But the greater onus lies on the politicians. The political crisis has given them the opportunity to focus on the issues of reforms. The incumbent government is more than willing to facilitate and participate in the process of reforms through consensus among all the political forces. Qadri is a different case but Imran Khan who is a leader of the masses in his own right and has considerable presence in the Parliament, he needs to realise that it was no more possible to reach the corridors of power through shortcuts using unsubstantiated allegations as a whipping horse. All the state institutions, the civil society, lawyers, media, judiciary and army have expressed their support for the democratic process and constitutional rule in the country. He should become part of the reforms process and try to get his grievances addressed through the legal forums. And if there are certain laws and practices that hamper the quick and timely dispensation of justice, they can be changed through the Parliament. Personal egos and ambitions should not be allowed to sabotage national interests.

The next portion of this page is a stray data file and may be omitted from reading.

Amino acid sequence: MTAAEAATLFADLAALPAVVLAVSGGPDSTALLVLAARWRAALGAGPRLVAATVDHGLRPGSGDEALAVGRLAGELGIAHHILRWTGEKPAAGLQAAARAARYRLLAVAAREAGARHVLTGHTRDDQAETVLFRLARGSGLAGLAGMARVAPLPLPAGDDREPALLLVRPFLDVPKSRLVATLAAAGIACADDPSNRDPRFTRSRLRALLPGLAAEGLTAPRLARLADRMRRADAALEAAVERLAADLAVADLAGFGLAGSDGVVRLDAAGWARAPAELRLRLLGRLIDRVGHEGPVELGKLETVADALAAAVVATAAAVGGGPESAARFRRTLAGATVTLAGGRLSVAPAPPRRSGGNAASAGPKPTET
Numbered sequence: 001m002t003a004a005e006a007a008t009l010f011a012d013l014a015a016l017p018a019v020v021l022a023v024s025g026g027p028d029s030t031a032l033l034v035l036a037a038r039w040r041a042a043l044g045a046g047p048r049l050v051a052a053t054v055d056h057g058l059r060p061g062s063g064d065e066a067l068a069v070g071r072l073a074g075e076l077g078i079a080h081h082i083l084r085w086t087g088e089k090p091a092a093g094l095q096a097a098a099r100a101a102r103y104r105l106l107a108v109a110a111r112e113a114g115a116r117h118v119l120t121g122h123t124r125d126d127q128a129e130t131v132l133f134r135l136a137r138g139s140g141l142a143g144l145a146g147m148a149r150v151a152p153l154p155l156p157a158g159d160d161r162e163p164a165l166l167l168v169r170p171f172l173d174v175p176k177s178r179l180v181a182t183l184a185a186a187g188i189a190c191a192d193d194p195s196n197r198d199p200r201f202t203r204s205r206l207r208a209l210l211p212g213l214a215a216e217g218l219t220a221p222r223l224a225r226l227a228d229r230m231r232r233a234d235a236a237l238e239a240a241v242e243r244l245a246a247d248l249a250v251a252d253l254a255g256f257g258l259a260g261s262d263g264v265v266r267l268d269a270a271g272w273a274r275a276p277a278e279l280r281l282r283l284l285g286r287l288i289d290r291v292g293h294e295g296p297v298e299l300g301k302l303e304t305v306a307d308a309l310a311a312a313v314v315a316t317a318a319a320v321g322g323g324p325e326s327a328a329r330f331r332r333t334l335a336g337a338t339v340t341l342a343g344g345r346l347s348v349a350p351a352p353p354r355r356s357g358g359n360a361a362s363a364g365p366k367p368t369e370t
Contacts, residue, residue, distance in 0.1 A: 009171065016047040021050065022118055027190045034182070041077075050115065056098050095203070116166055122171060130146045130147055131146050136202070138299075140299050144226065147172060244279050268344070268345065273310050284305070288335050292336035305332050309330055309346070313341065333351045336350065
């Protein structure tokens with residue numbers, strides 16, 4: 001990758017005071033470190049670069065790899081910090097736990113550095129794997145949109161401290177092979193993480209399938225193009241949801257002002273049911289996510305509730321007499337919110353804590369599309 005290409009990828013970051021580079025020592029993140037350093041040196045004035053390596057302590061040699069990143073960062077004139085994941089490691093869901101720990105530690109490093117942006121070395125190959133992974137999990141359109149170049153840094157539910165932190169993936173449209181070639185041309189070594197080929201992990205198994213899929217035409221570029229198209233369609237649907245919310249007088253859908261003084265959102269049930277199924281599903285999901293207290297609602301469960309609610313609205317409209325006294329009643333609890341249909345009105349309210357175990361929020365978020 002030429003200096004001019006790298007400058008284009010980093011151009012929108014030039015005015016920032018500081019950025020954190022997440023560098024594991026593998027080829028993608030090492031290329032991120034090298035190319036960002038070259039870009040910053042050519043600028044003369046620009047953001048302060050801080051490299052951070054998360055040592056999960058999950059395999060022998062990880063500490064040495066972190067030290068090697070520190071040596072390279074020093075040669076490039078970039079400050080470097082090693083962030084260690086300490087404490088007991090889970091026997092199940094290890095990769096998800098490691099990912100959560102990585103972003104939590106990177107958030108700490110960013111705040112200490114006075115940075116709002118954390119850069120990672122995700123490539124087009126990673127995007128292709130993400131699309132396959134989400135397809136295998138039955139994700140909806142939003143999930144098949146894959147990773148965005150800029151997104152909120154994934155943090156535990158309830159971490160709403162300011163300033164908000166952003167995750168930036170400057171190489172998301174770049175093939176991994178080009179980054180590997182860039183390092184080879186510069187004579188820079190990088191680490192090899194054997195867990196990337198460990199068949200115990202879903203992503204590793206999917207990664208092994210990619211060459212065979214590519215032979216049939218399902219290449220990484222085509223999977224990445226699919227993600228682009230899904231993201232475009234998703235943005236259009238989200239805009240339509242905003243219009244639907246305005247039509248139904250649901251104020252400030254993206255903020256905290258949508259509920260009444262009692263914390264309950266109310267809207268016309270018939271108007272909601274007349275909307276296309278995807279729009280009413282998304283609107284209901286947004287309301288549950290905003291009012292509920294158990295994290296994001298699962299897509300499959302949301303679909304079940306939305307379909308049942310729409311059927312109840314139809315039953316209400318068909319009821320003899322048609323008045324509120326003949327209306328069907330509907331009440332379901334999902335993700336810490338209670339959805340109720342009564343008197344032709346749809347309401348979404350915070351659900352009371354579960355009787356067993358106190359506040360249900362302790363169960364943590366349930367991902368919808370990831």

Both PTI and PAT, having failed in implementing their plan, are better advised to end the sit-ins. They must go back to the public, propagate their manifestoes and try to win the public mandate in the next elections to implement them. Any other course would be suicidal for them as well as harmful to the interest of the country.
http://en.shafaqna.com/wp-content/uploads/2018/02/new-logo-s-2.png00adminhttp://en.shafaqna.com/wp-content/uploads/2018/02/new-logo-s-2.pngadmin2014-09-24 22:20:122014-09-24 22:20:12No shortcuts to power corridors